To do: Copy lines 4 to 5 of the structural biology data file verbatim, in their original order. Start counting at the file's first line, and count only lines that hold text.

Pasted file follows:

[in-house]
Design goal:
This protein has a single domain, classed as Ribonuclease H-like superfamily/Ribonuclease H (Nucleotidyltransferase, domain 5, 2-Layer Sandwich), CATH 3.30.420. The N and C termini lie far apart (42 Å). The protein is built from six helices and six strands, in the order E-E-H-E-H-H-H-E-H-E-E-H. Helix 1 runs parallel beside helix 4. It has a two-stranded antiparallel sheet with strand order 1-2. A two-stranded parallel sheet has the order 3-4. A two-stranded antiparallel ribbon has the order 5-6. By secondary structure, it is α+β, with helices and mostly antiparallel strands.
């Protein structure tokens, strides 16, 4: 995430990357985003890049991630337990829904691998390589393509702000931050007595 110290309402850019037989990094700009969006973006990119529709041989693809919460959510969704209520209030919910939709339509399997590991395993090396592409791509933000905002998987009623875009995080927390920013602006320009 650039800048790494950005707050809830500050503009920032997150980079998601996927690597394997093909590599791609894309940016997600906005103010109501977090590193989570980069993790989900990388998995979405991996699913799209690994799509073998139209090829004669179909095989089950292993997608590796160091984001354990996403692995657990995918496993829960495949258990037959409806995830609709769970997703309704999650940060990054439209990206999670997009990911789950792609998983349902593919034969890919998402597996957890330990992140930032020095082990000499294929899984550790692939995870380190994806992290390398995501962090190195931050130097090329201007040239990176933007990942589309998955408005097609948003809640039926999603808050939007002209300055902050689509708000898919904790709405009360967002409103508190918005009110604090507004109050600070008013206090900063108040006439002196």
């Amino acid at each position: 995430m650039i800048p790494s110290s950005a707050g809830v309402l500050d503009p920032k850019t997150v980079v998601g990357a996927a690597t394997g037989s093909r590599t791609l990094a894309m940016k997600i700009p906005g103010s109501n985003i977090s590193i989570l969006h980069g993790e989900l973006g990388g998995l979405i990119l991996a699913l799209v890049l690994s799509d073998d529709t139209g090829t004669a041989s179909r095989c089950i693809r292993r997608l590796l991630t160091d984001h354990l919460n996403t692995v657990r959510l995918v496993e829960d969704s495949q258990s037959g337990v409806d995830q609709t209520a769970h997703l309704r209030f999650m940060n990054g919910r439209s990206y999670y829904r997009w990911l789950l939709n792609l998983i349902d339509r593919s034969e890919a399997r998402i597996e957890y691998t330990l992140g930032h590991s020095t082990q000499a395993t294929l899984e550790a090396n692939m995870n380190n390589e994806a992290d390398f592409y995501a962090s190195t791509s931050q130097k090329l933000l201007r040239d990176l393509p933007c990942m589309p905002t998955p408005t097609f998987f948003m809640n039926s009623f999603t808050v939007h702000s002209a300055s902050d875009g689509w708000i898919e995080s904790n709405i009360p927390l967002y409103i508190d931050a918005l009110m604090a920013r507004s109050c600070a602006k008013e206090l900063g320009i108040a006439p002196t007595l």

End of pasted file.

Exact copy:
């Protein structure tokens, strides 16, 4: 995430990357985003890049991630337990829904691998390589393509702000931050007595 110290309402850019037989990094700009969006973006990119529709041989693809919460959510969704209520209030919910939709339509399997590991395993090396592409791509933000905002998987009623875009995080927390920013602006320009 650039800048790494950005707050809830500050503009920032997150980079998601996927690597394997093909590599791609894309940016997600906005103010109501977090590193989570980069993790989900990388998995979405991996699913799209690994799509073998139209090829004669179909095989089950292993997608590796160091984001354990996403692995657990995918496993829960495949258990037959409806995830609709769970997703309704999650940060990054439209990206999670997009990911789950792609998983349902593919034969890919998402597996957890330990992140930032020095082990000499294929899984550790692939995870380190994806992290390398995501962090190195931050130097090329201007040239990176933007990942589309998955408005097609948003809640039926999603808050939007002209300055902050689509708000898919904790709405009360967002409103508190918005009110604090507004109050600070008013206090900063108040006439002196």
């Amino acid at each position: 995430m650039i800048p790494s110290s950005a707050g809830v309402l500050d503009p920032k850019t997150v980079v998601g990357a996927a690597t394997g037989s093909r590599t791609l990094a894309m940016k997600i700009p906005g103010s109501n985003i977090s590193i989570l969006h980069g993790e989900l973006g990388g998995l979405i990119l991996a699913l799209v890049l690994s799509d073998d529709t139209g090829t004669a041989s179909r095989c089950i693809r292993r997608l590796l991630t160091d984001h354990l919460n996403t692995v657990r959510l995918v496993e829960d969704s495949q258990s037959g337990v409806d995830q609709t209520a769970h997703l309704r209030f999650m940060n990054g919910r439209s990206y999670y829904r997009w990911l789950l939709n792609l998983i349902d339509r593919s034969e890919a399997r998402i597996e957890y691998t330990l992140g930032h590991s020095t082990q000499a395993t294929l899984e550790a090396n692939m995870n380190n390589e994806a992290d390398f592409y995501a962090s190195t791509s931050q130097k090329l933000l201007r040239d990176l393509p933007c990942m589309p905002t998955p408005t097609f998987f948003m809640n039926s009623f999603t808050v939007h702000s002209a300055s902050d875009g689509w708000i898919e995080s904790n709405i009360p927390l967002y409103i508190d931050a918005l009110m604090a920013r507004s109050c600070a602006k008013e206090l900063g320009i108040a006439p002196t007595l």